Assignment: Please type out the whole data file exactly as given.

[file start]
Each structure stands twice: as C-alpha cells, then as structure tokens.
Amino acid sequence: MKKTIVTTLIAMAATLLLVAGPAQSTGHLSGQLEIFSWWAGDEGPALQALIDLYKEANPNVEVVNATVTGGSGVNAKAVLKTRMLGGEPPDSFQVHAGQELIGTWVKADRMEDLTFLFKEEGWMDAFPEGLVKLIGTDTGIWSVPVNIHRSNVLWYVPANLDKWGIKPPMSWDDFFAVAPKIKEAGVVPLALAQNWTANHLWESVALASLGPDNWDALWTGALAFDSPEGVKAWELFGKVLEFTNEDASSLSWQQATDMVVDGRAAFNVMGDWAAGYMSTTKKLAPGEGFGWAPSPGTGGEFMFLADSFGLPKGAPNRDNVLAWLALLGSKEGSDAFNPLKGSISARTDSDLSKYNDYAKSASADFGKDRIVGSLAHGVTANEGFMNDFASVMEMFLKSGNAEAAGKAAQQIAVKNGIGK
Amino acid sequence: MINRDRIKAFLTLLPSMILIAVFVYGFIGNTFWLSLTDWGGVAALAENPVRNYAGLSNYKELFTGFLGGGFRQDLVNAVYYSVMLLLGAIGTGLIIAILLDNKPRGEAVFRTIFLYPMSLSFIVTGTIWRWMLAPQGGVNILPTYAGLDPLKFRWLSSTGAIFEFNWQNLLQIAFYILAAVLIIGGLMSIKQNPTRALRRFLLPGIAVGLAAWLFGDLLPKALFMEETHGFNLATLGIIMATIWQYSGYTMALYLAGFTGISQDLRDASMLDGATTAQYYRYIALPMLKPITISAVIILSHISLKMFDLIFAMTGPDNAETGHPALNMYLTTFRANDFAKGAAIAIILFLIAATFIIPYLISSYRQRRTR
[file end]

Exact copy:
Each structure stands twice: as C-alpha cells, then as structure tokens.
Amino acid sequence: MKKTIVTTLIAMAATLLLVAGPAQSTGHLSGQLEIFSWWAGDEGPALQALIDLYKEANPNVEVVNATVTGGSGVNAKAVLKTRMLGGEPPDSFQVHAGQELIGTWVKADRMEDLTFLFKEEGWMDAFPEGLVKLIGTDTGIWSVPVNIHRSNVLWYVPANLDKWGIKPPMSWDDFFAVAPKIKEAGVVPLALAQNWTANHLWESVALASLGPDNWDALWTGALAFDSPEGVKAWELFGKVLEFTNEDASSLSWQQATDMVVDGRAAFNVMGDWAAGYMSTTKKLAPGEGFGWAPSPGTGGEFMFLADSFGLPKGAPNRDNVLAWLALLGSKEGSDAFNPLKGSISARTDSDLSKYNDYAKSASADFGKDRIVGSLAHGVTANEGFMNDFASVMEMFLKSGNAEAAGKAAQQIAVKNGIGK
Amino acid sequence: MINRDRIKAFLTLLPSMILIAVFVYGFIGNTFWLSLTDWGGVAALAENPVRNYAGLSNYKELFTGFLGGGFRQDLVNAVYYSVMLLLGAIGTGLIIAILLDNKPRGEAVFRTIFLYPMSLSFIVTGTIWRWMLAPQGGVNILPTYAGLDPLKFRWLSSTGAIFEFNWQNLLQIAFYILAAVLIIGGLMSIKQNPTRALRRFLLPGIAVGLAAWLFGDLLPKALFMEETHGFNLATLGIIMATIWQYSGYTMALYLAGFTGISQDLRDASMLDGATTAQYYRYIALPMLKPITISAVIILSHISLKMFDLIFAMTGPDNAETGHPALNMYLTTFRANDFAKGAAIAIILFLIAATFIIPYLISSYRQRRTR